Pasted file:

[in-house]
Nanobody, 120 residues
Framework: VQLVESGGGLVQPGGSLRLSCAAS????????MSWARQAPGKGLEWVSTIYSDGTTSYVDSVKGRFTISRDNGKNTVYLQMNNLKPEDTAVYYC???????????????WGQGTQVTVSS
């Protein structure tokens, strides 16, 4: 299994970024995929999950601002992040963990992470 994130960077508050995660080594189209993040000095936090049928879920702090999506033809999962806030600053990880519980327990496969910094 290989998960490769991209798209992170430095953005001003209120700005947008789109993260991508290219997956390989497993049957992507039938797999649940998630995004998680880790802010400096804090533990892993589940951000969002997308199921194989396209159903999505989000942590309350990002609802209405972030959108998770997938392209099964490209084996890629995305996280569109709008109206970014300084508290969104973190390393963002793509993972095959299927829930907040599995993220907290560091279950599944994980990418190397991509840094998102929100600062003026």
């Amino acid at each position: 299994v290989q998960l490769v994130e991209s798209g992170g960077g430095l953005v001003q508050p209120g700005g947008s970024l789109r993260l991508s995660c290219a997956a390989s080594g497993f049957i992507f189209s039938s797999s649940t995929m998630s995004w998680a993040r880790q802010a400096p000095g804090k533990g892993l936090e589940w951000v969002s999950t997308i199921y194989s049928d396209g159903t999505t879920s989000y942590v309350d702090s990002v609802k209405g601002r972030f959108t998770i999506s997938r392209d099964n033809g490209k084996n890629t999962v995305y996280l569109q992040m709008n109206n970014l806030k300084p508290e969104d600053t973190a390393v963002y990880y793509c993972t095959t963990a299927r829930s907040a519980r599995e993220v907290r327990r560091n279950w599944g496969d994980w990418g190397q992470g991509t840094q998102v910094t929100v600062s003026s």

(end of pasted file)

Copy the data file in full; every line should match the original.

[in-house]
Nanobody, 120 residues
Framework: VQLVESGGGLVQPGGSLRLSCAAS????????MSWARQAPGKGLEWVSTIYSDGTTSYVDSVKGRFTISRDNGKNTVYLQMNNLKPEDTAVYYC???????????????WGQGTQVTVSS
């Protein structure tokens, strides 16, 4: 299994970024995929999950601002992040963990992470 994130960077508050995660080594189209993040000095936090049928879920702090999506033809999962806030600053990880519980327990496969910094 290989998960490769991209798209992170430095953005001003209120700005947008789109993260991508290219997956390989497993049957992507039938797999649940998630995004998680880790802010400096804090533990892993589940951000969002997308199921194989396209159903999505989000942590309350990002609802209405972030959108998770997938392209099964490209084996890629995305996280569109709008109206970014300084508290969104973190390393963002793509993972095959299927829930907040599995993220907290560091279950599944994980990418190397991509840094998102929100600062003026």
């Amino acid at each position: 299994v290989q998960l490769v994130e991209s798209g992170g960077g430095l953005v001003q508050p209120g700005g947008s970024l789109r993260l991508s995660c290219a997956a390989s080594g497993f049957i992507f189209s039938s797999s649940t995929m998630s995004w998680a993040r880790q802010a400096p000095g804090k533990g892993l936090e589940w951000v969002s999950t997308i199921y194989s049928d396209g159903t999505t879920s989000y942590v309350d702090s990002v609802k209405g601002r972030f959108t998770i999506s997938r392209d099964n033809g490209k084996n890629t999962v995305y996280l569109q992040m709008n109206n970014l806030k300084p508290e969104d600053t973190a390393v963002y990880y793509c993972t095959t963990a299927r829930s907040a519980r599995e993220v907290r327990r560091n279950w599944g496969d994980w990418g190397q992470g991509t840094q998102v910094t929100v600062s003026s």